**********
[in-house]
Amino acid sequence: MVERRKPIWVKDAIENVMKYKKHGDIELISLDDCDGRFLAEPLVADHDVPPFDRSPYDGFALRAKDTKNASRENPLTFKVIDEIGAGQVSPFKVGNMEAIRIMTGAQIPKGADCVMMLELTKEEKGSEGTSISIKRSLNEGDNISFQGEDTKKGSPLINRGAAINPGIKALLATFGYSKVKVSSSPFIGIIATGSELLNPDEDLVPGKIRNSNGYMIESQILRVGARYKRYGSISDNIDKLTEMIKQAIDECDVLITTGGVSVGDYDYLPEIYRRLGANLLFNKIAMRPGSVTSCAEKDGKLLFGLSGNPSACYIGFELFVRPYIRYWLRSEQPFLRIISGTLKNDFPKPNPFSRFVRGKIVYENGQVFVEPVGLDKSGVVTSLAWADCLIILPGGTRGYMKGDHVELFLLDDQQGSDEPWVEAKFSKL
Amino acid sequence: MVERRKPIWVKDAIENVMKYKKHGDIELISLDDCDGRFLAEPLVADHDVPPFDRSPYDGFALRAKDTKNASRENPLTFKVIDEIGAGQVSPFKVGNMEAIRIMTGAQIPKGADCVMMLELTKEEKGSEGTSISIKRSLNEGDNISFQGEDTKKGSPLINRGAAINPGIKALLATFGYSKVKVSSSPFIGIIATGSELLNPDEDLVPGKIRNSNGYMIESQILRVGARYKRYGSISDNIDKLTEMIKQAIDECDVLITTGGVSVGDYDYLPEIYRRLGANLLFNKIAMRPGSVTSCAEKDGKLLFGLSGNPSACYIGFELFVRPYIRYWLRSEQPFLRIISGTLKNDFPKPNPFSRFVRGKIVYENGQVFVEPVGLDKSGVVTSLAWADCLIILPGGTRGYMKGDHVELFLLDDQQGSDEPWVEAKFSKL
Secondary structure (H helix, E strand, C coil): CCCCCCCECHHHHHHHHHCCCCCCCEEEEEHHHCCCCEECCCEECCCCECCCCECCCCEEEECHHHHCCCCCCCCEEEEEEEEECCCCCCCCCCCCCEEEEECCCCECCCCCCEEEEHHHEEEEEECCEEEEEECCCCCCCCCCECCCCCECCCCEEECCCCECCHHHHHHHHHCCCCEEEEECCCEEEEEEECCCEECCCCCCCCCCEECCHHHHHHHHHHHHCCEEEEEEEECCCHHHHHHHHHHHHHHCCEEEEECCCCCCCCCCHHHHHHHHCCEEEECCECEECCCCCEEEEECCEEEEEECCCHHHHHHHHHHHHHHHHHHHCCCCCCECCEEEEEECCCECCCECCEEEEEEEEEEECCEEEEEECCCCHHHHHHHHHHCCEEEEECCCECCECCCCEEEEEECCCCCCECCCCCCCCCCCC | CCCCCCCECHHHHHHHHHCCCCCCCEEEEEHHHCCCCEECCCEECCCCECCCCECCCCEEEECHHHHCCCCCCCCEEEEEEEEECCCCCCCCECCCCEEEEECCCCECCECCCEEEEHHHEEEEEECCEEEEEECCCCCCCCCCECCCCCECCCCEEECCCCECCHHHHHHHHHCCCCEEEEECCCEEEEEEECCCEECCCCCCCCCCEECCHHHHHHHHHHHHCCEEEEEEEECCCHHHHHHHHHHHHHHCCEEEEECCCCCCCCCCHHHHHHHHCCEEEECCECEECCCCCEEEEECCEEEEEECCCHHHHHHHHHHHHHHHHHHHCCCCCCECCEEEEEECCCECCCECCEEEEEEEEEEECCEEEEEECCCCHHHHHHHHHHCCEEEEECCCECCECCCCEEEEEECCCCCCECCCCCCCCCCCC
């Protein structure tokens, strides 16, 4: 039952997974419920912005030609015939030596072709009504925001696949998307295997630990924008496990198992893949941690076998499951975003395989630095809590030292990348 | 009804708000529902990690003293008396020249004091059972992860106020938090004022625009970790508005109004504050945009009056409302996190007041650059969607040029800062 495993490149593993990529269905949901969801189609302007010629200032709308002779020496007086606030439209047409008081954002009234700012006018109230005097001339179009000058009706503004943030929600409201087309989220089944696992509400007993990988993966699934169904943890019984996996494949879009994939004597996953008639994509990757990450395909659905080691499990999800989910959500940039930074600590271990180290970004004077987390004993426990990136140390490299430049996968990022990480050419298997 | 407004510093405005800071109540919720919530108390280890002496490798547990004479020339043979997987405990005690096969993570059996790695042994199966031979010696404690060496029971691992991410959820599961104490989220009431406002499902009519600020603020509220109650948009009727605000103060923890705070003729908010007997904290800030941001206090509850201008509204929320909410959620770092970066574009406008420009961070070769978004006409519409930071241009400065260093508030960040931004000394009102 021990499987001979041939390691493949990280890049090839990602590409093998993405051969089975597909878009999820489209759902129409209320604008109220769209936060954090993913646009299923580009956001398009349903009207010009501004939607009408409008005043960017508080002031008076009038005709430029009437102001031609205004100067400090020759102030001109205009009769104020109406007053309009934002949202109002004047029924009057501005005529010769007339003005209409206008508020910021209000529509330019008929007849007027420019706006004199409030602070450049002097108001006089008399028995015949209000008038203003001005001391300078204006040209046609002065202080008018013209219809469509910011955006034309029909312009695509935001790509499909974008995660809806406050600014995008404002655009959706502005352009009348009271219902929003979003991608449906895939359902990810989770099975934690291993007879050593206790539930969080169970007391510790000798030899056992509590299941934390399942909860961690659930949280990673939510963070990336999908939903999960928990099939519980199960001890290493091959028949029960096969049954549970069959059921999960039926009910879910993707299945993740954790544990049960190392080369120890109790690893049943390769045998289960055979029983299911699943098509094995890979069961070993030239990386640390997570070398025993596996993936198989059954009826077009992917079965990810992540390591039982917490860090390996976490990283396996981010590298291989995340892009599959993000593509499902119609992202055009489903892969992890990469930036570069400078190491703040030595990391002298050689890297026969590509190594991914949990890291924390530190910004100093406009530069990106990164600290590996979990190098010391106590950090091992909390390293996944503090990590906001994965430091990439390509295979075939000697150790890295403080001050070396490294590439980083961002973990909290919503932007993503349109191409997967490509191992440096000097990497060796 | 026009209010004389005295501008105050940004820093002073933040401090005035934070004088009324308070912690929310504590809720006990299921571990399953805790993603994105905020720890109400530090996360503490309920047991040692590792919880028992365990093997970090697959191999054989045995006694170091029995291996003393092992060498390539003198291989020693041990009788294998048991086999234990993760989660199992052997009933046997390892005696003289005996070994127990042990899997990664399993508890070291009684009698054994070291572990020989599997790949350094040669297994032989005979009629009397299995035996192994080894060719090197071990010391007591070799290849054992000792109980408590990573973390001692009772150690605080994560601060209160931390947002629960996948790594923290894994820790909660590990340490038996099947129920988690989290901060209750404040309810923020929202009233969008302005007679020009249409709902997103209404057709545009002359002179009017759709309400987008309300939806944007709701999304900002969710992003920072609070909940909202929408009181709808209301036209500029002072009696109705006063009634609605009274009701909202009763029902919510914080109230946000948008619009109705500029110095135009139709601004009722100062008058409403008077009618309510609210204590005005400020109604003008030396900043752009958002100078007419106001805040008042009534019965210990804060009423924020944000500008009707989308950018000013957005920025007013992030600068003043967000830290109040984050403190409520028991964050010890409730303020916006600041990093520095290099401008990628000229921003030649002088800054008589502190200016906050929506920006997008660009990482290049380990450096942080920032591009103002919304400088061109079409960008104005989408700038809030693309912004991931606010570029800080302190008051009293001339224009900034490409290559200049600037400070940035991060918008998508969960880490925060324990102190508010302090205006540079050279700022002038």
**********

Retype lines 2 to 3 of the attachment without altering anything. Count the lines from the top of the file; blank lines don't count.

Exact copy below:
Amino acid sequence: MVERRKPIWVKDAIENVMKYKKHGDIELISLDDCDGRFLAEPLVADHDVPPFDRSPYDGFALRAKDTKNASRENPLTFKVIDEIGAGQVSPFKVGNMEAIRIMTGAQIPKGADCVMMLELTKEEKGSEGTSISIKRSLNEGDNISFQGEDTKKGSPLINRGAAINPGIKALLATFGYSKVKVSSSPFIGIIATGSELLNPDEDLVPGKIRNSNGYMIESQILRVGARYKRYGSISDNIDKLTEMIKQAIDECDVLITTGGVSVGDYDYLPEIYRRLGANLLFNKIAMRPGSVTSCAEKDGKLLFGLSGNPSACYIGFELFVRPYIRYWLRSEQPFLRIISGTLKNDFPKPNPFSRFVRGKIVYENGQVFVEPVGLDKSGVVTSLAWADCLIILPGGTRGYMKGDHVELFLLDDQQGSDEPWVEAKFSKL
Amino acid sequence: MVERRKPIWVKDAIENVMKYKKHGDIELISLDDCDGRFLAEPLVADHDVPPFDRSPYDGFALRAKDTKNASRENPLTFKVIDEIGAGQVSPFKVGNMEAIRIMTGAQIPKGADCVMMLELTKEEKGSEGTSISIKRSLNEGDNISFQGEDTKKGSPLINRGAAINPGIKALLATFGYSKVKVSSSPFIGIIATGSELLNPDEDLVPGKIRNSNGYMIESQILRVGARYKRYGSISDNIDKLTEMIKQAIDECDVLITTGGVSVGDYDYLPEIYRRLGANLLFNKIAMRPGSVTSCAEKDGKLLFGLSGNPSACYIGFELFVRPYIRYWLRSEQPFLRIISGTLKNDFPKPNPFSRFVRGKIVYENGQVFVEPVGLDKSGVVTSLAWADCLIILPGGTRGYMKGDHVELFLLDDQQGSDEPWVEAKFSKL